Mark 2:5 tells us, “When Jesus saw their faith, he said to the paralytic, “Son, your sins are forgiven.”  Jesus obviously saw that the man was crippled, but Jesus saw what wouldn’t have been nearly as obvious to us.  The man’s biggest problem was his sin – so Jesus healed him of that first.  This is the greatest miracle Jesus performed (and still performs).  

The teachers of the law said that Jesus was blaspheming, believing only God can forgive sin.  I’m guessing they were thinking, “it’s easy to tell someone their sins are forgiven, since you can’t prove they are really forgiven.”  Jesus then told them, “But that you may know that the Son of Man has authority on earth to forgive sins…”  He said to the paralytic, “I tell you, get up, take up your mat, and go home.”  So the man got up, took his mat, and walked out.

I love this story, not only because I love reading about all Jesus’ miracles, but specifically because this is the only story I can think of where someone is healed because of the faith of his friends.  We’re not told, maybe the paralized man asked to be taken to Jesus.  But any way about it, Jesus saw the faith of the friends, forgave the man’s sins, and ultimately healed him.

This story puts me to shame.  I invite you to ask yourself some questions…

Am I this concerned about my friends?  

Am I willing to be uncomfortable – maybe even make a scene – to bring someone to Jesus?  

Am I willing to not just “pray for” someone, but actually “do something” for someone?  

Would Jesus see my faith and forgive and even heal someone I care deeply about?

Finally, do I need Jesus’ ultimate miracle for myself – to have him forgive me of my sins?  This miracle meets the greatest need.  It costs the most.  It brings the greatest blessing.  It has the longest lasting results.  And Jesus is still doing it daily.

–Steve Mattison

Today’s Bible passage can be read or listened to at BibleGateway here – Mark 2

Tomorrow we read John 5 as we continue on our 2020 Bible reading plan.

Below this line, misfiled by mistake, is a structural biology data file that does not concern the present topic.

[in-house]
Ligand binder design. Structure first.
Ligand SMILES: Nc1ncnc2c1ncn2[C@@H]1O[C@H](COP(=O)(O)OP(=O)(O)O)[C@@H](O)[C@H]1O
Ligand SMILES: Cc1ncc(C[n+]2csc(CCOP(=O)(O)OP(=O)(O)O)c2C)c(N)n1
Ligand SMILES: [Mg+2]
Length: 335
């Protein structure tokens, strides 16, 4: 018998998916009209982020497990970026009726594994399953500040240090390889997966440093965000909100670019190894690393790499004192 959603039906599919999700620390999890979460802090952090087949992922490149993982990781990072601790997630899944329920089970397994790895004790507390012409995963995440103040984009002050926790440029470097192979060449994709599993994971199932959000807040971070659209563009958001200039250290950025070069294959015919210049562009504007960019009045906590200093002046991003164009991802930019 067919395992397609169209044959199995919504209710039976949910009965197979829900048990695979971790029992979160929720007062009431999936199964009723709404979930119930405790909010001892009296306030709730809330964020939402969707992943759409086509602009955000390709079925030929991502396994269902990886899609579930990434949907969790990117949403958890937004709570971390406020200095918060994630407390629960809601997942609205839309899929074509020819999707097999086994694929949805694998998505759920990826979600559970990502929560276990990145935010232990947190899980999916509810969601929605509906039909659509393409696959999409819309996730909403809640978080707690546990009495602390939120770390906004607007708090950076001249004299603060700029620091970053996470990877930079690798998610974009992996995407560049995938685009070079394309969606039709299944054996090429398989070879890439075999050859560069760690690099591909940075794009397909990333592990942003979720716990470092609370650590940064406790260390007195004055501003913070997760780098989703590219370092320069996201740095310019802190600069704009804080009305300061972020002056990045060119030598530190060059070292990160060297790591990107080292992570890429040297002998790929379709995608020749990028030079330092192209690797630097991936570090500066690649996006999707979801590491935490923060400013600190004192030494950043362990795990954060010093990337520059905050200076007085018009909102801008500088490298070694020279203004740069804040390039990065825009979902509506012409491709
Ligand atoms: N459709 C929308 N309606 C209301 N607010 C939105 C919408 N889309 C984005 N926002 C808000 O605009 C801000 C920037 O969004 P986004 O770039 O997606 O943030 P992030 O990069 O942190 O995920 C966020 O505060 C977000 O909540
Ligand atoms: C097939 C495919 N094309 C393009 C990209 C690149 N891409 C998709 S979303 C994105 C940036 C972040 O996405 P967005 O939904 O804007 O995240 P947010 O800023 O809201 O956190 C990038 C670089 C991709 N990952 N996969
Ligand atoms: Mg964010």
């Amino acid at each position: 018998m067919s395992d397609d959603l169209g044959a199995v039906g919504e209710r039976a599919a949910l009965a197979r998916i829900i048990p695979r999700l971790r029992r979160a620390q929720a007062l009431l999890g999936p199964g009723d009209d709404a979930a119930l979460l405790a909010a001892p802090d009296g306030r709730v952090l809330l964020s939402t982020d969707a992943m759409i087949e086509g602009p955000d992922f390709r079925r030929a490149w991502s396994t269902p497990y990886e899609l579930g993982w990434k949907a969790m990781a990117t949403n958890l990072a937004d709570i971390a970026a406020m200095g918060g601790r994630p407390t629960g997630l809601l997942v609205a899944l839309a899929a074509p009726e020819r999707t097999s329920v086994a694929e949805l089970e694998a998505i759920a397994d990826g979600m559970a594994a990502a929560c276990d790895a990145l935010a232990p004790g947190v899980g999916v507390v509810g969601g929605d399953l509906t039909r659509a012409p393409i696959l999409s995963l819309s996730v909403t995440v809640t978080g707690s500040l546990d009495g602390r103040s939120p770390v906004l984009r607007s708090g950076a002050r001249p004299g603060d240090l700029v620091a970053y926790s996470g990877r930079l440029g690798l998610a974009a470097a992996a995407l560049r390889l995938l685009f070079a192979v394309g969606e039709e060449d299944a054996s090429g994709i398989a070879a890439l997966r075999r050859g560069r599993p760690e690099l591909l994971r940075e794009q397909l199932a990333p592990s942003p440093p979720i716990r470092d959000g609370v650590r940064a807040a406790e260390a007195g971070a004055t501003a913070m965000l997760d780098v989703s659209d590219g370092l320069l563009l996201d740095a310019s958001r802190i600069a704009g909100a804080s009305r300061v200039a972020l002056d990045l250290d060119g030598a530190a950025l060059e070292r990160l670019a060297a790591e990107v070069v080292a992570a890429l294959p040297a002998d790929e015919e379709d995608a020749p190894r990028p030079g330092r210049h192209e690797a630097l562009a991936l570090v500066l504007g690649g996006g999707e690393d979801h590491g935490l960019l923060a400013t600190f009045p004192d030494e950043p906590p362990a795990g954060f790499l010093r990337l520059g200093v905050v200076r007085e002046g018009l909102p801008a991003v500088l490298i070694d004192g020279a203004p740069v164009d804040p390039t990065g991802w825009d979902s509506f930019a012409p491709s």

The Lifting of the Zadokites: Ministerial Faithfulness

Ezekiel 44-45


“‘But the Levitical priests, who are descendants of Zadok and who guarded my sanctuary when the Israelites went astray from me, are to come near to minister before me; they are to stand before me to offer sacrifices of fat and blood, declares the Sovereign Lord. They alone are to enter my sanctuary; they alone are to come near my table to minister before me and serve me as guards. Ezekiel 44:15-16 (NIV)


Yesterday we discussed God’s holiness and how it must be separated from the common. Today we will continue along those lines but in terms of ministering in the presence of such holiness. The temple was the place where God’s presence was located on earth and was considered the holiest place on the planet; it was a sacred space. Not just anyone could visit the temple; Israel was ripped by God for allowing uncircumcised (of heart and body) non-Jews to go into the temple (Ez. 44:7). After laying out the dimensions for a new holy temple in the last few chapters, God turns Ezekiel’s attention to who gets to minister there and in what capacity. 


Israel had not taken seriously the holiness of God, even in the temple, where the Holy of Holies was found. The Levitical priests, despite being chosen to act as ministers in the temple, couldn’t fulfill their duties without corruption. They allowed the unworthy to come into the temple and served as priests to idols. These priests may not have been, but Yahweh certainly was serious about keeping His temple holy and having the right people ministering there. So, in this new temple, those who hadn’t appreciated the importance of the job would miss out. Those who remained firm, those who did not go with the crowd, those who did appreciate the holiness of the temple, the Zadokites (descendants of Zadok), would be lifted up as an example and given the jobs the less than faithful had forfeited.


Today there isn’t a grand temple complex where we must minister before God. We don’t have to make animal sacrifices, wear special clothes, or worry about remaining ceremonially clean. But that doesn’t mean God isn’t just as serious today about those who represent Him as ministers. The sacrifices of today are spiritual in nature and offered by those who have chosen to follow Christ as their High Priest. We are to act as royal priests who, following the example of our High Priest, surrender ourselves completely to the will of God and do the ministry He calls us to. Just like the Zadokites, who were lauded for their faithfulness despite Israel’s disobedience, we need to make sure we stay true to who we are as disciples of Christ and God’s representatives on earth, regardless of how others act–Christian or not. Our God still cares about holiness and has put His spirit within us, let us guard the new temple with the same (or greater) fervor and faithfulness as (than) the Zadokites did. 

-Joel Fletcher

Today’s Bible passage can be read or listened to at Biblegateway here –Ezekiel 44-45

Tomorrow we will finish the book of Ezekiel (chapters 46-48) as we continue on our

The Holy and the Common

Ezekiel 42-43

Why is it that older churches and cathedrals seem to have an aura about them that is missing from newer Christian constructions? There is a special reverence that is shown to these historical places of worship, but why? They appear to be more “holy” than modern church structures–are they really or is it just perception?